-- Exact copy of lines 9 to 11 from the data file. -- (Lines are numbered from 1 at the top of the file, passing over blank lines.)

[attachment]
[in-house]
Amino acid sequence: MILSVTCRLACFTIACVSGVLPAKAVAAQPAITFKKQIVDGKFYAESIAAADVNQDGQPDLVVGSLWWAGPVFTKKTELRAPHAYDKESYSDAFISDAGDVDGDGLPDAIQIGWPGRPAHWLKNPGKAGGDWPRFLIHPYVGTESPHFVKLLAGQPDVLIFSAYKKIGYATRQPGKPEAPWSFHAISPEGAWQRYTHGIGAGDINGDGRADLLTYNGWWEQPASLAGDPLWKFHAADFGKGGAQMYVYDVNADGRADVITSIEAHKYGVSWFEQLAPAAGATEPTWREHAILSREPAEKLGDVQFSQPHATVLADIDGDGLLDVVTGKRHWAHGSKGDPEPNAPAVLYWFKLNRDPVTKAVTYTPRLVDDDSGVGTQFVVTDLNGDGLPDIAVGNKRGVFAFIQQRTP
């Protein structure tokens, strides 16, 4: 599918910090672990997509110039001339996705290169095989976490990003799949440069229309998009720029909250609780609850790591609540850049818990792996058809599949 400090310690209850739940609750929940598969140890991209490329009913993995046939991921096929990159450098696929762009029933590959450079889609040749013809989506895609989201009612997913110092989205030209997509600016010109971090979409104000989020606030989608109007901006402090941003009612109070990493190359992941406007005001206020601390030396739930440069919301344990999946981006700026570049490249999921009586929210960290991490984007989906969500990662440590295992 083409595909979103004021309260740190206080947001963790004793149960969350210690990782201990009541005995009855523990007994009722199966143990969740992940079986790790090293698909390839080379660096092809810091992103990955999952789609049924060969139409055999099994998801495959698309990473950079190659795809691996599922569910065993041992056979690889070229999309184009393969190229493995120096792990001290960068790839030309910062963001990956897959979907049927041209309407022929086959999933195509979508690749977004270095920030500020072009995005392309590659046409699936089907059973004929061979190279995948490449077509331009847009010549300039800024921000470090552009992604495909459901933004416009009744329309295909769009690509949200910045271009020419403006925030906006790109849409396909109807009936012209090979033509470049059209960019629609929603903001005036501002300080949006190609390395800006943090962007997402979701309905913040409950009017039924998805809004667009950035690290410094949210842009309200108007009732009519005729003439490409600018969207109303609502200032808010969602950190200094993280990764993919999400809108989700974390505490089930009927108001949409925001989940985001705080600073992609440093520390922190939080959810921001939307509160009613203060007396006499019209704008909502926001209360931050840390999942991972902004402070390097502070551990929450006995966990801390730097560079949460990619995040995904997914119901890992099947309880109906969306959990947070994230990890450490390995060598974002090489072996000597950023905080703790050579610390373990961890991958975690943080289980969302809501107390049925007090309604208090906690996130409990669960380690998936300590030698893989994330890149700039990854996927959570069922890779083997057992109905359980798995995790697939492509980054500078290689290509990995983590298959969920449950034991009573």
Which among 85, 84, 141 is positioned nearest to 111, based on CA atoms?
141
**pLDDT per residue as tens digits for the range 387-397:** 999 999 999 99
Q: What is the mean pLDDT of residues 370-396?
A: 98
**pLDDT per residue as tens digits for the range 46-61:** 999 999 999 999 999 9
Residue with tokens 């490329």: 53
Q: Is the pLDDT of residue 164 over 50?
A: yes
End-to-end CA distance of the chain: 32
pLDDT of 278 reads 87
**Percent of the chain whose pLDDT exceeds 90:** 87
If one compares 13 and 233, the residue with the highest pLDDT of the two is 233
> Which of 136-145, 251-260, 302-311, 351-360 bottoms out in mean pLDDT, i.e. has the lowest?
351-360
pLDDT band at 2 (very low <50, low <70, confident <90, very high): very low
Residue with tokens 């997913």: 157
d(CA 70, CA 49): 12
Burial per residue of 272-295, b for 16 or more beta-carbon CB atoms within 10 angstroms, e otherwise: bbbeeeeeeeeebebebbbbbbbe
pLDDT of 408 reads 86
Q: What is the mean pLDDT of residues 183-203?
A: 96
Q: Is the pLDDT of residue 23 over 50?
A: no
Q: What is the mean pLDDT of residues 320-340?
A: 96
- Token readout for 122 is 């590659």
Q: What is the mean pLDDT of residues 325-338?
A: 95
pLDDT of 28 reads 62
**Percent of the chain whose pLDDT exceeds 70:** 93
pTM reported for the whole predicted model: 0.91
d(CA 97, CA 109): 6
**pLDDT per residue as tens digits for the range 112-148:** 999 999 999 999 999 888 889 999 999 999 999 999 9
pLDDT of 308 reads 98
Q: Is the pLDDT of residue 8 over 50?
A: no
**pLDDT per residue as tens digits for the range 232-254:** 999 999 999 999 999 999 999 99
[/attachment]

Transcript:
**pLDDT per residue as tens digits for the range 46-61:** 999 999 999 999 999 9
Residue with tokens 């490329």: 53
Q: Is the pLDDT of residue 164 over 50?